As evidenced by my other threads, I'm at the site almost every day, as I only live two miles away and pass it going to/from shopping etc. It's a spec town home being built in the builder's development, and they have a great policy of letting you visit as often as you wish, as long as you suit up in a hard hat. Now I also have to pick up a key since it's done enough to be locked down when workers aren't there.

I've taken full advantage of this policy and have videotape and photos of everything behind the walls and even of the shared wall with the next door unit, as well as detailed photos from every stage of the build. I've also caught a couple of incorrect things early, like an incorrectly placed hose bib, so they were able to be corrected before it became a lot of time and trouble later.

Because I don't own the home yet, I can't really tell the workers what to do. I say "hello" and chat with them about their work if they bring it up themselves, but mostly I try to stay out of their way. Still, it's handy to be there sometimes, like when the electrician was putting in the hot tub box, as he had a question that it was easiest to ask us (we paid for that added work, so I felt comfortable talking to him about the specs).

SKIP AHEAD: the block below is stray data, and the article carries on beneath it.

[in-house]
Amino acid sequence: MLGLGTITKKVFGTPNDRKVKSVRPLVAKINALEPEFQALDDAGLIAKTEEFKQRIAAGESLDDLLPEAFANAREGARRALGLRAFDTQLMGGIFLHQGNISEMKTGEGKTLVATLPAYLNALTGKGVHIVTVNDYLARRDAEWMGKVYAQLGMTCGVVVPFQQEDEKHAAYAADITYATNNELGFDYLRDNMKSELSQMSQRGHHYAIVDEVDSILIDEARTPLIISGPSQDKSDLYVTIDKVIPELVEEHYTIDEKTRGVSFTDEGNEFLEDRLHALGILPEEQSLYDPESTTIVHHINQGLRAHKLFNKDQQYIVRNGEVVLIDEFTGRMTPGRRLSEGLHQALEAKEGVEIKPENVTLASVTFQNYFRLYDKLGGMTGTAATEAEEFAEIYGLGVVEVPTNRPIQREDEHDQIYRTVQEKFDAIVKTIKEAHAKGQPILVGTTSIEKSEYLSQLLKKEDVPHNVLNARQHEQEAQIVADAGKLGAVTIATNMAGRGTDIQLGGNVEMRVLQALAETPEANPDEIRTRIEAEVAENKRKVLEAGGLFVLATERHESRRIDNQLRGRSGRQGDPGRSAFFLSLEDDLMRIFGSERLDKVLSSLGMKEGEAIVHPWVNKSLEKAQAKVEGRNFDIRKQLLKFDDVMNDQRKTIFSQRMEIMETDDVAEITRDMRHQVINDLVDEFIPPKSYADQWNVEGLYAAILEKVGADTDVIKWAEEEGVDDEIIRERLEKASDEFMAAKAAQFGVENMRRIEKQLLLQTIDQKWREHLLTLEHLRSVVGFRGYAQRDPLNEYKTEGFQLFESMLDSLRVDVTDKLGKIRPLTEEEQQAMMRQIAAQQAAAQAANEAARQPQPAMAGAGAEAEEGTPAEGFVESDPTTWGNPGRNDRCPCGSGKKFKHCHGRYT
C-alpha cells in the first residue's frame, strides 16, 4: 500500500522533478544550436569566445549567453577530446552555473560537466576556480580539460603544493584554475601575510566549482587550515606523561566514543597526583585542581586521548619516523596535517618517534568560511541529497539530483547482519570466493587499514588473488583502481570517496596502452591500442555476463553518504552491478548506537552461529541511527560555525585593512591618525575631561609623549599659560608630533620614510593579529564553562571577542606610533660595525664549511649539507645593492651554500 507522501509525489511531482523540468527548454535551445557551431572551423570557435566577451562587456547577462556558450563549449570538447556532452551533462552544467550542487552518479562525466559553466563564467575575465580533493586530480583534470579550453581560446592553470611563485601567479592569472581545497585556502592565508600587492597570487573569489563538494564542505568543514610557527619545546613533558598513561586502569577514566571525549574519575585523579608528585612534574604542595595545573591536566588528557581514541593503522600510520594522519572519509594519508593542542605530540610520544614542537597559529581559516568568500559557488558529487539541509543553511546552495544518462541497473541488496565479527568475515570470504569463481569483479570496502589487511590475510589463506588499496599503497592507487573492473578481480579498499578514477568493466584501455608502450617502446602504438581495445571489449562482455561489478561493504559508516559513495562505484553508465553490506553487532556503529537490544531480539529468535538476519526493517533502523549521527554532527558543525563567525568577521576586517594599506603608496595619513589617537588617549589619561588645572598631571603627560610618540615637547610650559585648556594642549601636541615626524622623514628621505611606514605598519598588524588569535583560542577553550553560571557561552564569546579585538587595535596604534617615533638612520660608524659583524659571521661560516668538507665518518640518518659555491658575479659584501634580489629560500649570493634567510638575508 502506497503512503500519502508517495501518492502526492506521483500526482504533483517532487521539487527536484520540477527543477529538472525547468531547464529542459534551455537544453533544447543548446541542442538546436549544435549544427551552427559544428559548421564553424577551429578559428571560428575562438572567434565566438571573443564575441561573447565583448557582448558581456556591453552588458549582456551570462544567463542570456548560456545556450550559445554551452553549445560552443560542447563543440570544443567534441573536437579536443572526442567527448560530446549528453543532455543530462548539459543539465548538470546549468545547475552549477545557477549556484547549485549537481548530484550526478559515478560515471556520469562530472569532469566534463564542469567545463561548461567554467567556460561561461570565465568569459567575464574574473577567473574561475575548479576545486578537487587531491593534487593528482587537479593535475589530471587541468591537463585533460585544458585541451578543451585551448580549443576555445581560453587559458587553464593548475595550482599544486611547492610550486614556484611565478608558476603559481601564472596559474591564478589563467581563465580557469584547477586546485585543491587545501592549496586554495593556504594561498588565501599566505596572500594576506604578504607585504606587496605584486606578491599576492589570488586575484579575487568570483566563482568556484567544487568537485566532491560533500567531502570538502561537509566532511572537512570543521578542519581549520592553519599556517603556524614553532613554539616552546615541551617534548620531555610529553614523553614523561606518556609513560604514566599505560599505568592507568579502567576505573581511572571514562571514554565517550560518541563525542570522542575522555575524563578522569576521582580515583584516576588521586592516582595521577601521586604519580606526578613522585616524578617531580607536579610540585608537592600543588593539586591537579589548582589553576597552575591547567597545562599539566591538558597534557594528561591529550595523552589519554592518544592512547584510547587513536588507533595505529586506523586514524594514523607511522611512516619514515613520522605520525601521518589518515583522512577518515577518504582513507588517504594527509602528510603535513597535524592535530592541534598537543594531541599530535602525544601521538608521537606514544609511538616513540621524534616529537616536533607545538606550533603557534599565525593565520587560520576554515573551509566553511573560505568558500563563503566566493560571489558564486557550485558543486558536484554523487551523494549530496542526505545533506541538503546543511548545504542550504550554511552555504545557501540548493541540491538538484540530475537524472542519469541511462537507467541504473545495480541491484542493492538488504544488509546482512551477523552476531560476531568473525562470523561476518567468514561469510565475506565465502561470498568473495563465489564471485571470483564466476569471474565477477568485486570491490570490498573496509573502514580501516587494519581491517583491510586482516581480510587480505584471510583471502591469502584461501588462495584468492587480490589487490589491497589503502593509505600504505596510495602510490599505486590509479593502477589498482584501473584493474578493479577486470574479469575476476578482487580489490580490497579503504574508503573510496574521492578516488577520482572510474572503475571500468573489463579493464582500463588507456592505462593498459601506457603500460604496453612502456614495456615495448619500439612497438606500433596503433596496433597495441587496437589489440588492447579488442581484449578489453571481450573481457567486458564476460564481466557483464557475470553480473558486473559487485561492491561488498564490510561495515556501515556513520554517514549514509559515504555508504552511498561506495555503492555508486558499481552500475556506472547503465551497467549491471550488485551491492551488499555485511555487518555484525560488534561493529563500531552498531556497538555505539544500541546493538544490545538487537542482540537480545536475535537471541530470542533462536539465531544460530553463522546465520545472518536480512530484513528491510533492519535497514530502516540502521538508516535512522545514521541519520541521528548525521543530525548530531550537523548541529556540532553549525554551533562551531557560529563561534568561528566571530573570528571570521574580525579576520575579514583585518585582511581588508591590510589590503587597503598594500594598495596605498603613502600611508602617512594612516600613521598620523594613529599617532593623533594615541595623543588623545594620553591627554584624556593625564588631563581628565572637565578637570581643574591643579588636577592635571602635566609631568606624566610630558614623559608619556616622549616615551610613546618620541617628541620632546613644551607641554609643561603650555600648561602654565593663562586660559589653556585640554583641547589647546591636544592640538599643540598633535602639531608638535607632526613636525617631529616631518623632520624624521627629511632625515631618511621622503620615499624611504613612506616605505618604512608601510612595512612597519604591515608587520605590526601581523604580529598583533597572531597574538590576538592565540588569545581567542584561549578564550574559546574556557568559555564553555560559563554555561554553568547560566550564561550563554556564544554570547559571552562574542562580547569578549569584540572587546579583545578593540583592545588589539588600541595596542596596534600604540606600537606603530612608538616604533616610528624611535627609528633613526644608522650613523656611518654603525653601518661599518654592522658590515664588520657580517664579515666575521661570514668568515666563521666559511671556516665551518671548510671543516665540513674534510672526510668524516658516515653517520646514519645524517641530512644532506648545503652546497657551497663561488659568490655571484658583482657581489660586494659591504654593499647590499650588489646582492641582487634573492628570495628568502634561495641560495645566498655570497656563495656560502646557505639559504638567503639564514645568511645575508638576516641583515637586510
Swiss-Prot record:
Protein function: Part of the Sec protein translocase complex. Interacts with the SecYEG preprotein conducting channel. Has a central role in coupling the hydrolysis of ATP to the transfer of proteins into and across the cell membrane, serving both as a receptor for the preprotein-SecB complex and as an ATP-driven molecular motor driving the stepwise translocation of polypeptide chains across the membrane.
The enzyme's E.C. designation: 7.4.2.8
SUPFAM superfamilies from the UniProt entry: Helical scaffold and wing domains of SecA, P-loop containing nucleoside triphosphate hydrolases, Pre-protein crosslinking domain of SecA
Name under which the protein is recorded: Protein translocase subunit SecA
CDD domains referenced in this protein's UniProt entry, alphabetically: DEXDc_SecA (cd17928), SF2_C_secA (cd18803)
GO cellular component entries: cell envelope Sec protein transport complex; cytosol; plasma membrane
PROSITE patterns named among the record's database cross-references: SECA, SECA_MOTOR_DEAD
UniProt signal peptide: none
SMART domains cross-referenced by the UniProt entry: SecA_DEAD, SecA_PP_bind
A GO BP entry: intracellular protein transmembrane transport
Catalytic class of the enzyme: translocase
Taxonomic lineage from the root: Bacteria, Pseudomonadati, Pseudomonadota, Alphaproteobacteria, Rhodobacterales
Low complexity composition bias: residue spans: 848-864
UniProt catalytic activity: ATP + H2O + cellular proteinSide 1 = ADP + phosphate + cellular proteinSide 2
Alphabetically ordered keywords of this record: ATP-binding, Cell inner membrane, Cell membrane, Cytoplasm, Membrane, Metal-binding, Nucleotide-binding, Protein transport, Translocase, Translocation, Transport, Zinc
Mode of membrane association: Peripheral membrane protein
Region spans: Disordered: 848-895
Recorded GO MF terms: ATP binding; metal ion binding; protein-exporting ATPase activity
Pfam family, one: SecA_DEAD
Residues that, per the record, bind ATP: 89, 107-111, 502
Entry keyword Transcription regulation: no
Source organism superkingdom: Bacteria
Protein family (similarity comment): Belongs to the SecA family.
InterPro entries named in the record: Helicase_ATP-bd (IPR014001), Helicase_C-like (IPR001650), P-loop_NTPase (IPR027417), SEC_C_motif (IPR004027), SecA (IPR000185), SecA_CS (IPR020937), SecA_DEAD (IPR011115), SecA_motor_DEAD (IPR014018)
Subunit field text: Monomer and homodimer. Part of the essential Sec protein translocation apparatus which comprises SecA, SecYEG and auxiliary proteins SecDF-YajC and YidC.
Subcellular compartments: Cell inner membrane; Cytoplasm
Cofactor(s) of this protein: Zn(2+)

Even though I have some minor bones of contention with the builder at the moment, overall the policy of letting me have unlimited access to the construction site has given me a lot more confidence. I marvel at people who don't get a good look before the final walk-through, as that's much too rushed and stressful of a time to get a good look at everything. I plan to go through by myself a few days before that so I can test and scrutinize things at my leisure. That way, I'll know exactly where to focus on that final day.


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RE: When your house was being built did you go to the site everyd

I was the owner/builder last year and was at the home every day that work was being done. I got along great with all of my contractors and our project went well.